Cedar Valley honor flight veterans shown appreciation throughout capital trip | Local News


WASHINGTON – Just as the wheels left the tarmac for flight SY 8651, the 94 veterans on board were already feeling special.

Martin Anderson, the pilot on the early Wednesday morning flight from Waterloo Regional Airport, wanted to honor those on board as they began their day-long trek to the nation’s capital.

When Lee Greenwood’s “God Bless the USA” blared from the cabin speakers, the 28th Sullivan-Hartogh-Davis Cedar Valley Honor Flight was on its way.

The Boeing 737 carrying the veterans and their handlers landed at Ronald Reagan Washington National Airport and at 9:45 am everyone boarded the buses to begin the tour.

On one of the three buses was volunteer Bob Alexander, who gave the drivers a guided tour of the Washington, DC area. For him, the motivation for volunteering to greet veterans at the airport and provide tours is twofold.

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After spending 27 years in the Air Force, Alexander hoped to honor his father, who flew with a B-17 bomber crew during World War II, and the troops he led as squadron commander.

The first stop was the US Marine Corps War Memorial and then the Air Force Memorial, the newest memorial to the armed forces.

Veterans were able to witness the changing of the guard ceremony at the Tomb of the Unknown Soldier at Arlington National Cemetery, where the golden rule is, “silence is golden.”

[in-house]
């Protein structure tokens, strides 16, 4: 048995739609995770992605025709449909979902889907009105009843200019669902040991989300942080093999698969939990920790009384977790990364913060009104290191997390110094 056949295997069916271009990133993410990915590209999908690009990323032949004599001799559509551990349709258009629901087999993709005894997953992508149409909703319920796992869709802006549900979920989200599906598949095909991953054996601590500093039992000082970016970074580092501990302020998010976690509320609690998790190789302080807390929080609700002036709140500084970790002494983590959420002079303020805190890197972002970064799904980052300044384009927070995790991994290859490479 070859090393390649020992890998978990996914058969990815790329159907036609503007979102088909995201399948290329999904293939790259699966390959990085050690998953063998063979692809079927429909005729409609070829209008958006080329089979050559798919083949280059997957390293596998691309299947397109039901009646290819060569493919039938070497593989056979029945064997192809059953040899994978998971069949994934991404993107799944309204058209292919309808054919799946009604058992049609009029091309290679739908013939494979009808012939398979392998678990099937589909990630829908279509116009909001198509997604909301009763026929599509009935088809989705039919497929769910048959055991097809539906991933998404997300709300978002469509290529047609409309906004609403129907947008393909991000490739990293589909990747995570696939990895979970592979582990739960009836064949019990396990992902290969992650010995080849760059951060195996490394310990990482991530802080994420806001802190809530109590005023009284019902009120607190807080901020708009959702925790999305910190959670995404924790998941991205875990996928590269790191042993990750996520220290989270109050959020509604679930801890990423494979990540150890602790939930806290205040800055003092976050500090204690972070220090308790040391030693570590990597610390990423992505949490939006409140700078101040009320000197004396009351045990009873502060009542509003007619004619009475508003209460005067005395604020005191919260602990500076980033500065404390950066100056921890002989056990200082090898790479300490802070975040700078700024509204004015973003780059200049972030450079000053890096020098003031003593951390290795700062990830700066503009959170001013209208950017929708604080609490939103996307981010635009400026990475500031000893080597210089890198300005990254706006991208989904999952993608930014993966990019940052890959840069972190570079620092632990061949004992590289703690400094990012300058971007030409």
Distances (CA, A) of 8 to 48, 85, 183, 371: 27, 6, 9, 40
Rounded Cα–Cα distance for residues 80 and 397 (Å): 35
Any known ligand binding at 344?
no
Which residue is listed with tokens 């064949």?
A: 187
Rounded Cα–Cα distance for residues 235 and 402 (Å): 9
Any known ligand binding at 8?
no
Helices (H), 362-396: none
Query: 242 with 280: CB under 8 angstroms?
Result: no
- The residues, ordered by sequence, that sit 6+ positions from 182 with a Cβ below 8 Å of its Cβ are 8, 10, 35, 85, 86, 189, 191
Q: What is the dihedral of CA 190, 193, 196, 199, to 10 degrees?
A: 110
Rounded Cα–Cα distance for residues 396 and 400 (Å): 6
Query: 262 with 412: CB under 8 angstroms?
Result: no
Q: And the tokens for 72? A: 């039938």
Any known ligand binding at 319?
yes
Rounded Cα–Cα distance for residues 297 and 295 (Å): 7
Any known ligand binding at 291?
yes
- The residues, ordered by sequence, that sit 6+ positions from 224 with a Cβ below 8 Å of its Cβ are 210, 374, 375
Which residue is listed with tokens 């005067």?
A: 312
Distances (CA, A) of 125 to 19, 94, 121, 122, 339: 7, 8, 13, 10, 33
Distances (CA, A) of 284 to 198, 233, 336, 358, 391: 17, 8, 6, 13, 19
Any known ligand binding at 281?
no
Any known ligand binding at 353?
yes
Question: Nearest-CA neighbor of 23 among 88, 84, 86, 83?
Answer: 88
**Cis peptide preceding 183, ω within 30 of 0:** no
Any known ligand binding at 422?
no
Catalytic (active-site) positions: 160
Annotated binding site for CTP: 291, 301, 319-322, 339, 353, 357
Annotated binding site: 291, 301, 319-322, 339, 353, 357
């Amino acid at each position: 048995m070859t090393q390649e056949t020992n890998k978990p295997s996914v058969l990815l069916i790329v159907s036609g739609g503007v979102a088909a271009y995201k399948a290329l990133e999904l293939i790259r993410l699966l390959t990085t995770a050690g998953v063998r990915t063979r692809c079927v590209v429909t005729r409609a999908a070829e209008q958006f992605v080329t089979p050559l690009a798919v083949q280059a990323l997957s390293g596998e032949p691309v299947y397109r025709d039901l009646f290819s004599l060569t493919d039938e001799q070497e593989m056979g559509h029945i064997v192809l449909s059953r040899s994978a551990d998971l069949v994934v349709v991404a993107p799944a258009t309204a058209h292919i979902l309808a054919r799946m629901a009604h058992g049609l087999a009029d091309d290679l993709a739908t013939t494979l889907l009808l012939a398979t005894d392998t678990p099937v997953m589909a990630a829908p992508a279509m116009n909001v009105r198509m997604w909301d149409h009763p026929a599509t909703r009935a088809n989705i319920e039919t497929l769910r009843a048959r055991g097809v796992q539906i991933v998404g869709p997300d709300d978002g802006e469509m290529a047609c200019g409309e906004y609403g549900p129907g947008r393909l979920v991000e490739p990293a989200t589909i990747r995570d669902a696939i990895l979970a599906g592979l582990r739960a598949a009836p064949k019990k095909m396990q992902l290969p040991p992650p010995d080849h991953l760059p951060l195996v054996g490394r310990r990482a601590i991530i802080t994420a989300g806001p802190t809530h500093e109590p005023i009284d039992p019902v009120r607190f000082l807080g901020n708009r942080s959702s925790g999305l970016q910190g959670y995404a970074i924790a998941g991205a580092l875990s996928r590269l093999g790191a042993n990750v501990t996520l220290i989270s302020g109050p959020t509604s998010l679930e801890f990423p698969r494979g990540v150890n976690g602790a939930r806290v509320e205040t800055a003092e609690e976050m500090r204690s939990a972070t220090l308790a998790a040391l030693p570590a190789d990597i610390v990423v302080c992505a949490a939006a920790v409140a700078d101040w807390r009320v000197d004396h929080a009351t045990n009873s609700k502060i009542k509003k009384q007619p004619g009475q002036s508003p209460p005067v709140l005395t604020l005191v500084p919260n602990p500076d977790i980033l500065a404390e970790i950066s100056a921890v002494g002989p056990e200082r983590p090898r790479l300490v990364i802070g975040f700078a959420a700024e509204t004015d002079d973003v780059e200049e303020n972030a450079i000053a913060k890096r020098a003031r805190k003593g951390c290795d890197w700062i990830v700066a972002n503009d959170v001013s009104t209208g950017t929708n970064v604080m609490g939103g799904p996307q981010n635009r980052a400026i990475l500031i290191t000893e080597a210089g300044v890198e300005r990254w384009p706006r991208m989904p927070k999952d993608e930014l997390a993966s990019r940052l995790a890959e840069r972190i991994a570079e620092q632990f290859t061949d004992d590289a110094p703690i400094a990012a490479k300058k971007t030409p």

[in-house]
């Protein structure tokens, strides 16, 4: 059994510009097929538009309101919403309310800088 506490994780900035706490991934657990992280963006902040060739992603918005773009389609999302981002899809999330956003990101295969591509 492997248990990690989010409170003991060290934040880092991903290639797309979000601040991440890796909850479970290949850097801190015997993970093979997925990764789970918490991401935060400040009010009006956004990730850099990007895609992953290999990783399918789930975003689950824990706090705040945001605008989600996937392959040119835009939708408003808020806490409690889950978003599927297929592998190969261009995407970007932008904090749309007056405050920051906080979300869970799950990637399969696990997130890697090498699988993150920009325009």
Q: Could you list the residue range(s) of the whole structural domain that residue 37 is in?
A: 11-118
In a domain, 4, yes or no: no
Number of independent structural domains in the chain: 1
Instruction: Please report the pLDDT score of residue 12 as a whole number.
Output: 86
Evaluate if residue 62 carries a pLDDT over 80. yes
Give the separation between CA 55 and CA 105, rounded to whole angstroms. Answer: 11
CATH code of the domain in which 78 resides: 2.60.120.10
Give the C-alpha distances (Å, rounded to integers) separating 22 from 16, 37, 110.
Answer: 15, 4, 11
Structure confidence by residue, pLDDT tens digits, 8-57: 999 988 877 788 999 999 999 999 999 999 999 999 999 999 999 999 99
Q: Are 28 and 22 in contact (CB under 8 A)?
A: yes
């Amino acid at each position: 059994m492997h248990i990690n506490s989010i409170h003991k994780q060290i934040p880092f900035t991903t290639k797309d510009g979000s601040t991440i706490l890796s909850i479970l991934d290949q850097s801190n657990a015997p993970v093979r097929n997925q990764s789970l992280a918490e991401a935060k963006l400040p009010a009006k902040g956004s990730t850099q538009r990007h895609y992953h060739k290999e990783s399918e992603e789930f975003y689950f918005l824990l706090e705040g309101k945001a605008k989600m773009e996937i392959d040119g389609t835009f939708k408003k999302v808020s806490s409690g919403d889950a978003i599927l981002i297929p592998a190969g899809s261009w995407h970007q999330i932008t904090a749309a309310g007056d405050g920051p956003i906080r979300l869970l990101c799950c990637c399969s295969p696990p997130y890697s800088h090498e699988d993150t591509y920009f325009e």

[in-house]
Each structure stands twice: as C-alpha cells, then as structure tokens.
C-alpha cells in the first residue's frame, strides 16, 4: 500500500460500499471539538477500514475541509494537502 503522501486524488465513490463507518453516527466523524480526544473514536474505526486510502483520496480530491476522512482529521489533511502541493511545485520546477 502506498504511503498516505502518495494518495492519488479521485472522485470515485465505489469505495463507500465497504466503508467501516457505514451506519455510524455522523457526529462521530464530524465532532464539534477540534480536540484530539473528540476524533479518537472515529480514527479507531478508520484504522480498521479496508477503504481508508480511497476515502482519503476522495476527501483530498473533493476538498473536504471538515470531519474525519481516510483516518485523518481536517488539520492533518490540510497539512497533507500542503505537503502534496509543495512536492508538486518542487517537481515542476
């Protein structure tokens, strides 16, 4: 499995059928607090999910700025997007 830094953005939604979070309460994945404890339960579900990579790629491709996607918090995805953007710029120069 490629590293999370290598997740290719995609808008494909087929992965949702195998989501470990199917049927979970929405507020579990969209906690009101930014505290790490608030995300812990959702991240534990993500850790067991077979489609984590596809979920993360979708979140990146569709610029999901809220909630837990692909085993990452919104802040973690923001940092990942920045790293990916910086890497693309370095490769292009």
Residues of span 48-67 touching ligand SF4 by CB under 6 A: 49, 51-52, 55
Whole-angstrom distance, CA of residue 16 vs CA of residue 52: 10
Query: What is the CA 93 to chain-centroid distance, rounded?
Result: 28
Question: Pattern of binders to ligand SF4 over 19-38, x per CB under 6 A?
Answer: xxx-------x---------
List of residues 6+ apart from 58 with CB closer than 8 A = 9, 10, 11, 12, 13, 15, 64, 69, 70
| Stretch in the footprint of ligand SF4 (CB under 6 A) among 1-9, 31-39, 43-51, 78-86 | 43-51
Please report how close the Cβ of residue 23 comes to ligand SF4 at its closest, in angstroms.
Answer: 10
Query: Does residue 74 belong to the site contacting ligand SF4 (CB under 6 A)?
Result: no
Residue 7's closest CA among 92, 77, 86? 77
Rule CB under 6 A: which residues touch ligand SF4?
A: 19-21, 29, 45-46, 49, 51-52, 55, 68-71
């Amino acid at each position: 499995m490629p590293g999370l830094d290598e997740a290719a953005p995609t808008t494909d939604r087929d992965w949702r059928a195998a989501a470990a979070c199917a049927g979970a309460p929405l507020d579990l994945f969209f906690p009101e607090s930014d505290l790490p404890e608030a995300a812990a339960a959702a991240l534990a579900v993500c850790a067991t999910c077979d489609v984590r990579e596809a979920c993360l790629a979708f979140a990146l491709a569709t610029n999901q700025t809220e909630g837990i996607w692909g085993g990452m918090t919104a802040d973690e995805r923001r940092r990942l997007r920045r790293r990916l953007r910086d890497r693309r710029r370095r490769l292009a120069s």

The crowd stood attentive and solemn as they watched one shooter being relieved by another as it happens every half hour on the hour and on the hour.

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Throughout the day, the veterans were thanked by passing tourists, airport workers, or active service members they met at the memorials.

Brig. U.S. Army Gen. David Cole, a Waterloo native, stands at the World War II Memorial in the uniform he wore with his wife Connie at his 1991 retirement ceremony. He was ready to salute the veterans, as he has done on all 27 previous Cedar Valley Flights of Honor.

“My wife and I have completed all 28 flights of honor. I feel rejuvenated every time I come down and meet these amazing veterans,” said Cole. “Especially veterans from Waterloo.”

From there, the train made its way to the longest stop of the day, the Lincoln Memorial and the nearby Vietnam and Korean War memorials.

Veterans in their memorial red shirts and white hats walked past the Reflecting Pool at the Washington Monument to the Vietnam Veterans Memorial, where more than 58,000 names are engraved on the wall. Many veterans looked for familiar names.

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One of those men was David Will, a veteran of the Vietnam Army. Will, a teacher at Columbus Catholic High School in Waterloo, looked up the name Michael O’Conner. O’Conner was the only Columbus graduate killed in Vietnam, Will said.

“I took the next day off from work, so I figured I’d better come over and check on Michael,” he said.

Not knowing any other veterans on that honor flight didn’t matter to Will, who said he’d made some new friends after the day’s events.

“It was a fantastic experience,” he said. “Everyone should do it.”



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